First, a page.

In 1994, whilst doing some repairs, some render fell off the south wall exposing herringbone masonry. At last, Tuxlith Chapel began to reveal its secrets. A north doorway was uncovered and a narrow round-headed window. These discoveries, coupled with thick walls and splayed windows, enabled us to place the origins of the current chapel at Milland in the 11th and 12th centuries.
The first documentary evidence we have of this charming building is in a will dated 1532, when Isabel Colpece left “ii shepe to the Church of Tyklyth”. However the building is much earlier than that, a blocked 12th century window having been discovered during repairs. This, together with ‘herringbone’ masonry in the north wall, points to a date within the Norman period (1066-1200).
It has been suggested that this building served as the original parish church of Trotton and was replaced by the present Trotton church early in the 14th century. If this is the case the chapel of Tuxlith certainly remained in use, as the Register begins in 1581, and the building itself shows signs of alteration.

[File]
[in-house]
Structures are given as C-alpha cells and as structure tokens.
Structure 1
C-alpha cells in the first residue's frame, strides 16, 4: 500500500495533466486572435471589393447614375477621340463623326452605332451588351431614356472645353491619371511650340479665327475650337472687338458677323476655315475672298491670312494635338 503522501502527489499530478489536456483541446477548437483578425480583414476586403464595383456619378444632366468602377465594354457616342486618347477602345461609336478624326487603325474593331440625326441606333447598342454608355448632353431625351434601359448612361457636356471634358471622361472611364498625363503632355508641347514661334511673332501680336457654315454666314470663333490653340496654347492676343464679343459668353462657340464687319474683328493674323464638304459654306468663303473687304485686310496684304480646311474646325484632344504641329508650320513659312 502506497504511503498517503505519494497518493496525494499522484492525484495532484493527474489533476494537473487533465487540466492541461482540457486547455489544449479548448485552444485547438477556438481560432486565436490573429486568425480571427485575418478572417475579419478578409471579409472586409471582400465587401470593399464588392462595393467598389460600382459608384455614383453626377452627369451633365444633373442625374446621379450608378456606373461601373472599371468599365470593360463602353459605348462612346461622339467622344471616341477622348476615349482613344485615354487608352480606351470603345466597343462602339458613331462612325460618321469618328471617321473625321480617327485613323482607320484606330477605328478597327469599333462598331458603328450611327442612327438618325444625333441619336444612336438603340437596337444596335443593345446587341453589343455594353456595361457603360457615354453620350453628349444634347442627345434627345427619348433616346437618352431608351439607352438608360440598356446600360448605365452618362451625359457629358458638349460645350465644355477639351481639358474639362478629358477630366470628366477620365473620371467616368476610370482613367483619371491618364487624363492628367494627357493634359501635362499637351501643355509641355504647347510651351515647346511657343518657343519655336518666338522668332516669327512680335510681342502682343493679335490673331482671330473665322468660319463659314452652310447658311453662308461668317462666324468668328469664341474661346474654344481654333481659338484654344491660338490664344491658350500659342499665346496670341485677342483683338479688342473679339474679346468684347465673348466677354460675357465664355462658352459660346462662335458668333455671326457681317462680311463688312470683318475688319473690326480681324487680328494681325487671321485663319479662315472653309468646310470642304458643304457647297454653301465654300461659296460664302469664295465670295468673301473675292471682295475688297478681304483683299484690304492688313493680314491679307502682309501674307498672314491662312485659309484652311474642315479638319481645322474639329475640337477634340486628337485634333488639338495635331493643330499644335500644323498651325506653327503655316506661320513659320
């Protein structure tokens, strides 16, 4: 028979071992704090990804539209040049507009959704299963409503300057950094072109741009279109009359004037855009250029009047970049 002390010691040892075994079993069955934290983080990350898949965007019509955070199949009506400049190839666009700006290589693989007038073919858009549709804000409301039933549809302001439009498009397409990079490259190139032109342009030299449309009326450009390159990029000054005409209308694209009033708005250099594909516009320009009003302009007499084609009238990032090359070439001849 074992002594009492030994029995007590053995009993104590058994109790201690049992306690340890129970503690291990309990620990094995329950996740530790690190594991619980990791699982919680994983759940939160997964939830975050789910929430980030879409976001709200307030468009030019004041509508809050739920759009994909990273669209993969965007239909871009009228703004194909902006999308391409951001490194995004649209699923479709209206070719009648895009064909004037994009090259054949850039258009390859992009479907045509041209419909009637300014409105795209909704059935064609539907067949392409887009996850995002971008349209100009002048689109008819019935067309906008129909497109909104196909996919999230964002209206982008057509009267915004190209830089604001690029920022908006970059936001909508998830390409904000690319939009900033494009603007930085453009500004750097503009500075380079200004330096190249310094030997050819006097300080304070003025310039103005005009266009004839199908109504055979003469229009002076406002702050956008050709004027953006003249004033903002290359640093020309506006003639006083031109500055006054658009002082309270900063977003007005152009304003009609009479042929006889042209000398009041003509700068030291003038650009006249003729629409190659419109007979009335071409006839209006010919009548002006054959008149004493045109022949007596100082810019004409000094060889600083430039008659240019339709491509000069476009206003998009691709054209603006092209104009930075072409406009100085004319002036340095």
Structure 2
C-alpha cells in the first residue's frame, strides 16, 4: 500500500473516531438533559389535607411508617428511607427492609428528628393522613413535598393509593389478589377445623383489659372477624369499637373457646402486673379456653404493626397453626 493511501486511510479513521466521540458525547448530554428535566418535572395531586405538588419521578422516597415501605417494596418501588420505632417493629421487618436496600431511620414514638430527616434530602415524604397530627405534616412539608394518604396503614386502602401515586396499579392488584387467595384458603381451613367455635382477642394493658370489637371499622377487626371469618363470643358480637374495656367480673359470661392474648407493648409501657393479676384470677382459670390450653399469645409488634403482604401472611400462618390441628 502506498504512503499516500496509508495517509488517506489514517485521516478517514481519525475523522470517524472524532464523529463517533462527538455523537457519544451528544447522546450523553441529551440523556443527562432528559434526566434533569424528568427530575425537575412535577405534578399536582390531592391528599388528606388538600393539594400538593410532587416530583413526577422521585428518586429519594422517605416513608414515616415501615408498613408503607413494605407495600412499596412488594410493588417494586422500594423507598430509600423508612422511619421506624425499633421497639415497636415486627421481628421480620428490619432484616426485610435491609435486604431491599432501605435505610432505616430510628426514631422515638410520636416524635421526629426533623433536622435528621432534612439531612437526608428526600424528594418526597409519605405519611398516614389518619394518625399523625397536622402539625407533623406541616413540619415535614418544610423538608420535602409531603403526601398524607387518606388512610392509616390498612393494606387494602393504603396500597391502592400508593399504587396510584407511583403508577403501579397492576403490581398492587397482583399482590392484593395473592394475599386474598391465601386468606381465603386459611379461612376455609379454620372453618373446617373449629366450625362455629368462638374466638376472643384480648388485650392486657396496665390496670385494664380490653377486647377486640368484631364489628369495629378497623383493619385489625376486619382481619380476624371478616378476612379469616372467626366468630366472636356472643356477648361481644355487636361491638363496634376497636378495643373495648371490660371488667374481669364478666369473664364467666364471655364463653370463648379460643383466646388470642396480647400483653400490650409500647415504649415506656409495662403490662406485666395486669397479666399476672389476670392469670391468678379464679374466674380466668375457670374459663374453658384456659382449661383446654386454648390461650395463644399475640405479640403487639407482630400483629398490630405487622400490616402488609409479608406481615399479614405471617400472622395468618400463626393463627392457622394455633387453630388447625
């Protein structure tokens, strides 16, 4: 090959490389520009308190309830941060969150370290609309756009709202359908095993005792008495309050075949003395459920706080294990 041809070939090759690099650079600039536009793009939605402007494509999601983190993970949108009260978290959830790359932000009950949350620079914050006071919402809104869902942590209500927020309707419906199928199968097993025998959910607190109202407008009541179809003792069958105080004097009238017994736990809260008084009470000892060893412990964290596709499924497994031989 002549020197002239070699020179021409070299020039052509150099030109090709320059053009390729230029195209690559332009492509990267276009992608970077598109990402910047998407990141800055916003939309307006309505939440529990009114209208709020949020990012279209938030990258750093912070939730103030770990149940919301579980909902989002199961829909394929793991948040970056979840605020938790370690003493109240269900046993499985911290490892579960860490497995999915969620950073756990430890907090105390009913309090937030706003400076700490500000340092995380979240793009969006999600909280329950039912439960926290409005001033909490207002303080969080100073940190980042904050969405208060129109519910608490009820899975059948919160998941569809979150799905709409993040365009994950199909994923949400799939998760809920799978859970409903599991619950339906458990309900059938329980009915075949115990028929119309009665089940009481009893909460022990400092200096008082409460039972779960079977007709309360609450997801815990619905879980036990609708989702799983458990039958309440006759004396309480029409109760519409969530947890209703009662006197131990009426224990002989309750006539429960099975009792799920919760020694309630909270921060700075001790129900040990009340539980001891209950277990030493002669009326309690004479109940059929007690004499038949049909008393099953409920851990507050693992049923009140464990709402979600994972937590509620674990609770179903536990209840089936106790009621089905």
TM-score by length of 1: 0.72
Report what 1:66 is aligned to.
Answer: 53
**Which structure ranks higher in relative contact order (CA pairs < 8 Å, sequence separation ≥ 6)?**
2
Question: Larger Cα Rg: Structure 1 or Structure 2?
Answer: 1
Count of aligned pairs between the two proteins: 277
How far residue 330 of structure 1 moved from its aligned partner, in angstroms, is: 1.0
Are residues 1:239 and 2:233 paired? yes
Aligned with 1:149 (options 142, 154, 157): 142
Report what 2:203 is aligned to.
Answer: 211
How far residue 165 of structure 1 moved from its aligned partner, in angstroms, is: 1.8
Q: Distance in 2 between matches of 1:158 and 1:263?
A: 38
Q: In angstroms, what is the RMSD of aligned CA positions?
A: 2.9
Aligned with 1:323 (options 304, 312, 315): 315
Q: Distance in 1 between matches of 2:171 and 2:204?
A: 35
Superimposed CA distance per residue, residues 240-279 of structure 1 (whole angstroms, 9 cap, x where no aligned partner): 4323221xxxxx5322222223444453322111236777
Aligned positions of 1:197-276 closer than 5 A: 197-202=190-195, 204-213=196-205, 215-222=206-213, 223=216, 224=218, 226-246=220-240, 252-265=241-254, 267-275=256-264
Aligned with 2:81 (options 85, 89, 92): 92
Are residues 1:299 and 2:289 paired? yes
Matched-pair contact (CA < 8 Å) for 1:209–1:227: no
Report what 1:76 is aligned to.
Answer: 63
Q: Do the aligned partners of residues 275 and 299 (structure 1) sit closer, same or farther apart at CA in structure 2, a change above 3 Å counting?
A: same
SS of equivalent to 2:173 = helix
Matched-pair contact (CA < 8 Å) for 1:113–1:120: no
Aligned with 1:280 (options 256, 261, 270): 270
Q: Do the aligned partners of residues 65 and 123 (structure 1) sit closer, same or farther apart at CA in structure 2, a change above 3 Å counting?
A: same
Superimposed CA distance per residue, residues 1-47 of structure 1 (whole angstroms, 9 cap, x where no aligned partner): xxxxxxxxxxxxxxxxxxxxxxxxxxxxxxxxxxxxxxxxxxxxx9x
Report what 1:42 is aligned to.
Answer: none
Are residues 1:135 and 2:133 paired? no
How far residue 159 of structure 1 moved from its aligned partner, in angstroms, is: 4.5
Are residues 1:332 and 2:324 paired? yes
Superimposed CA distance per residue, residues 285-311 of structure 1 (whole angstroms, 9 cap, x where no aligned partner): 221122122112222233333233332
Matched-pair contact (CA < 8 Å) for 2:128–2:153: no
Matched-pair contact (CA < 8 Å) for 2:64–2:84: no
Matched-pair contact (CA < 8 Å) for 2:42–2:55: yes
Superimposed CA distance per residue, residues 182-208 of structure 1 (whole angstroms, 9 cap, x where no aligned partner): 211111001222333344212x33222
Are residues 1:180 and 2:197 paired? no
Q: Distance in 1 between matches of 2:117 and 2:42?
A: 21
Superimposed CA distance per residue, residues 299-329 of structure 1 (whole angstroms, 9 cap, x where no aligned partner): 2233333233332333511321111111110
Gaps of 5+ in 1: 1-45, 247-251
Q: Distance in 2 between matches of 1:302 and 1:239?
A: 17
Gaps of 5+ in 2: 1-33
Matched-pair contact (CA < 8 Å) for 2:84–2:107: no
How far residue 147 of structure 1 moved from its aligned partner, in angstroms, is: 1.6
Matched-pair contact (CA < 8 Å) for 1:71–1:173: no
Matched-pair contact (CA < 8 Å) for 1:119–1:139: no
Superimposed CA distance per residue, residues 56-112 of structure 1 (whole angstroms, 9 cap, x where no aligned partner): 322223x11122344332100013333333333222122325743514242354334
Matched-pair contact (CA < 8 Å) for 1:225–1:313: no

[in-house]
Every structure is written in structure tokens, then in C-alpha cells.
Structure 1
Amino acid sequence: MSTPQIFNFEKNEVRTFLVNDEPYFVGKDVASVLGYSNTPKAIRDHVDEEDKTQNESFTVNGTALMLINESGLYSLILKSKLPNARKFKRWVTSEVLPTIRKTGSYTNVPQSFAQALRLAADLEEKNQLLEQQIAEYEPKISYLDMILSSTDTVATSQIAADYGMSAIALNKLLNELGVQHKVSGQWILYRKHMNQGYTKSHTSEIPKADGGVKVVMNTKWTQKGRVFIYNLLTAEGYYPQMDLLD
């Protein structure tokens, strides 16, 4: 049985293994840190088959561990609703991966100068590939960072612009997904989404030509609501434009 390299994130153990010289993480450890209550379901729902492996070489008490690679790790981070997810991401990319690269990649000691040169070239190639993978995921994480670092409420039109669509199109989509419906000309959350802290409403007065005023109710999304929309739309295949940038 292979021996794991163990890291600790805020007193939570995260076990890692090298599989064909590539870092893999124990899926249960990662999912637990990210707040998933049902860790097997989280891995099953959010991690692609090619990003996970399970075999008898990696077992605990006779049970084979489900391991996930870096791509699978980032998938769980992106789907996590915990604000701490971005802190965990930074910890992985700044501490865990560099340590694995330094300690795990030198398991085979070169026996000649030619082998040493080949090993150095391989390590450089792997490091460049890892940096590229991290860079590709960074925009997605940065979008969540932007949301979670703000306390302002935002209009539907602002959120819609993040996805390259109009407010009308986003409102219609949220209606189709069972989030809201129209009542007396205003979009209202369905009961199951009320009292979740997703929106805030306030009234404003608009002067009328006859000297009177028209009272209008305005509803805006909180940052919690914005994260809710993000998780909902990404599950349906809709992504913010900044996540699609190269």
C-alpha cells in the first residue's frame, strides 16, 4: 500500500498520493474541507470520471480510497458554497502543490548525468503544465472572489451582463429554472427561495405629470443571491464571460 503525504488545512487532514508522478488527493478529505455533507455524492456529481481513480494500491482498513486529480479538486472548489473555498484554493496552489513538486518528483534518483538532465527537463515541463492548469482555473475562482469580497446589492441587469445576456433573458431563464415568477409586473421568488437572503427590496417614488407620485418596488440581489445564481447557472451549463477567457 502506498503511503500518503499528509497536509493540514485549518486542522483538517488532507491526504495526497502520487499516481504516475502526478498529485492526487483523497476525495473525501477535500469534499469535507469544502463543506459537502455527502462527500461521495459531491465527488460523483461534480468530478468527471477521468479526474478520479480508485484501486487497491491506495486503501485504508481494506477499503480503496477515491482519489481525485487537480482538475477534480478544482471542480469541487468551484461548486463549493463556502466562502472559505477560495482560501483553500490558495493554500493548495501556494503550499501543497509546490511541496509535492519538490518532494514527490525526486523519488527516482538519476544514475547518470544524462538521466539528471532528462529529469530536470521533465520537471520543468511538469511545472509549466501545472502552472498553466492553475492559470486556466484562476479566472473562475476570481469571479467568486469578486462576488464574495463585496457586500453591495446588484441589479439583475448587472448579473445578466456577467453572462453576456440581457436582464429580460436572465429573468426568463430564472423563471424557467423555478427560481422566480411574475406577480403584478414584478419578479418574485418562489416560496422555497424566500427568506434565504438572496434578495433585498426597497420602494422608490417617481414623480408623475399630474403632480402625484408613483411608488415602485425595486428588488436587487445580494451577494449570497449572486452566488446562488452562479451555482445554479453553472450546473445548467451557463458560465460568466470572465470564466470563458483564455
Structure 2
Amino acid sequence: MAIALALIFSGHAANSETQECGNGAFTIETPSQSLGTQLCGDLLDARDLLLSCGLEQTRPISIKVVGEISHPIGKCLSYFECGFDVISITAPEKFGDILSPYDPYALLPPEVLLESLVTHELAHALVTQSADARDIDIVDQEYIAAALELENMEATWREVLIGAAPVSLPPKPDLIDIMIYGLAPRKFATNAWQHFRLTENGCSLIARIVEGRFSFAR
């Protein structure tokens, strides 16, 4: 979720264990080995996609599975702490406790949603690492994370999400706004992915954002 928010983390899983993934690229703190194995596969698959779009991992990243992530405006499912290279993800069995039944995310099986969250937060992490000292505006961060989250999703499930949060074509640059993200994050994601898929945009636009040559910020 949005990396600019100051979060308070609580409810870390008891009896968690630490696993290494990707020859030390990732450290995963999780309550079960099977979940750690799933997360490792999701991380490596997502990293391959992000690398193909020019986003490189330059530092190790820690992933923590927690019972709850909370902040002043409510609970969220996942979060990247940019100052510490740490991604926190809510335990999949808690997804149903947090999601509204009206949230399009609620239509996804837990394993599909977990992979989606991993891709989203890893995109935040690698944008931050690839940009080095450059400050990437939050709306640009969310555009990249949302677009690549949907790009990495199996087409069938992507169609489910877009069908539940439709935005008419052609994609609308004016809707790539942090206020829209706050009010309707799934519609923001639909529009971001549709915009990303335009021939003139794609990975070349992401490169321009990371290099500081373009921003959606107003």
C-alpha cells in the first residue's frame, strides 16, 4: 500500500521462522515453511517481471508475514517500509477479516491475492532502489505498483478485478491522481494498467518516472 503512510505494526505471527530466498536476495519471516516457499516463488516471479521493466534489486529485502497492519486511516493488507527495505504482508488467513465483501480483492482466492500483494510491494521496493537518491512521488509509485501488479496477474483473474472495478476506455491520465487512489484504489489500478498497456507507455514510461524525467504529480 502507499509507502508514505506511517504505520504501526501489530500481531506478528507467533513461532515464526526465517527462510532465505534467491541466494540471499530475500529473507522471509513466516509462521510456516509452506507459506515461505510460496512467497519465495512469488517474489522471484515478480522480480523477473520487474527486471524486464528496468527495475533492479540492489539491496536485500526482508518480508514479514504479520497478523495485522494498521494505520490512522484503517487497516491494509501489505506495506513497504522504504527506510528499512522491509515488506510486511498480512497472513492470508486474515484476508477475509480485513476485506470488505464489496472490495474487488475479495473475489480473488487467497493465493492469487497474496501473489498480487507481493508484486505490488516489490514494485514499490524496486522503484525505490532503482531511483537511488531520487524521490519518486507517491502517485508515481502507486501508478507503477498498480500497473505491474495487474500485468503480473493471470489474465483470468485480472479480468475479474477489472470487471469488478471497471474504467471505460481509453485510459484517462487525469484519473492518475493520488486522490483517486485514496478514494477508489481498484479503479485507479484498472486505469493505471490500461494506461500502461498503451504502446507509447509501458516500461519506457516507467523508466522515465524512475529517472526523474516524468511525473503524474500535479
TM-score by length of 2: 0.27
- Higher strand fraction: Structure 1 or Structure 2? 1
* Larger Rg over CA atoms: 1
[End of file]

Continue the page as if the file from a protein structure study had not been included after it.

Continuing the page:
In the 17th century a gallery was added, and although this was removed at a later date the stone stairs by which access was gained still remains outside. In the 18th century the most significant alteration – the addition of the north transept – was undertaken.
However, with the arrival of the railway and a subsequent growth in population the old church was considered too small and mean, and a new one was built to the west of the old in 1879. The old church then became a Sunday School room and continued as such for over fifty years. Sometime in the 1930s it was closed up and fell into complete ruin.
The roof fell in, render fell from the walls, and vegetation took hold. The building was eventually declared redundant in 1974. We stepped in to take the church into our care, and immediately made it weather-proof. At the same time, a friends group was created, they are still going strong and help us to care for this wonderful place.
The pulpit was restored in 1993. The altar, designed by Sir Hubert Bennett, is the latest addition to this much loved and now far from friendless.